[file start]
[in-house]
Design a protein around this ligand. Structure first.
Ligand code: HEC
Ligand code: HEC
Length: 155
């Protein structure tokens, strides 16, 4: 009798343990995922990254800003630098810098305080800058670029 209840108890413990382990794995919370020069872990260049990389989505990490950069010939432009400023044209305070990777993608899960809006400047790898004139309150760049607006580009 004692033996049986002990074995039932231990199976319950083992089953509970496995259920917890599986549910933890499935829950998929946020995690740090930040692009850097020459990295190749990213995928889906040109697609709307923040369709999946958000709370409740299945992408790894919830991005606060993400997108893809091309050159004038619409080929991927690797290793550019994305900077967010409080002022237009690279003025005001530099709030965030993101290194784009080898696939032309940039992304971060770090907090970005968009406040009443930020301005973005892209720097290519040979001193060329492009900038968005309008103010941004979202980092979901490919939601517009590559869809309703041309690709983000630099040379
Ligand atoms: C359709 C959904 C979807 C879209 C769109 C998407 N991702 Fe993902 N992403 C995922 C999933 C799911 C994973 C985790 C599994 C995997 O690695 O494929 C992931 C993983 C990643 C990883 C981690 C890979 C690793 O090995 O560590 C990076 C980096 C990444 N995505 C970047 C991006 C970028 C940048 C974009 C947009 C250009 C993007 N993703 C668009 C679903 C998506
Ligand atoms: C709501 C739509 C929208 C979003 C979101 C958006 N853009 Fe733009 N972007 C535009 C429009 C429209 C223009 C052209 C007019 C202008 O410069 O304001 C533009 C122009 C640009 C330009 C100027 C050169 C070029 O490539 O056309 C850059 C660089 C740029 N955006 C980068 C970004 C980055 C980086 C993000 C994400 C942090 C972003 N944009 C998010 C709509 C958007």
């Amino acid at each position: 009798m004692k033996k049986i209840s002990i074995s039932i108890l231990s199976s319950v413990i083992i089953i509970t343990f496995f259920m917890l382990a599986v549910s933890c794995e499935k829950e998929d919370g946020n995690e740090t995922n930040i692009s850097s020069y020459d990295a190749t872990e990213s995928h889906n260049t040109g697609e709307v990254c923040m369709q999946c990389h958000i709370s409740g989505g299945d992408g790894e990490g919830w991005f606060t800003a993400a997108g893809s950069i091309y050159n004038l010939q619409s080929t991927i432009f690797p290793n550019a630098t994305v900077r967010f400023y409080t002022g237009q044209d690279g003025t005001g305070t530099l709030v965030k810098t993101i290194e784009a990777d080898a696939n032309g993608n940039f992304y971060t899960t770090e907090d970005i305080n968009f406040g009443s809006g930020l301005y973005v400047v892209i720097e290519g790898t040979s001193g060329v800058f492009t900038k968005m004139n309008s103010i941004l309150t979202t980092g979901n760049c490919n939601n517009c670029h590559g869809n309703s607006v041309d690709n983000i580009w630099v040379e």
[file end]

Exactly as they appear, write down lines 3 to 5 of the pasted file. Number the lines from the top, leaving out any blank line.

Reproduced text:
Ligand code: HEC
Ligand code: HEC
Length: 155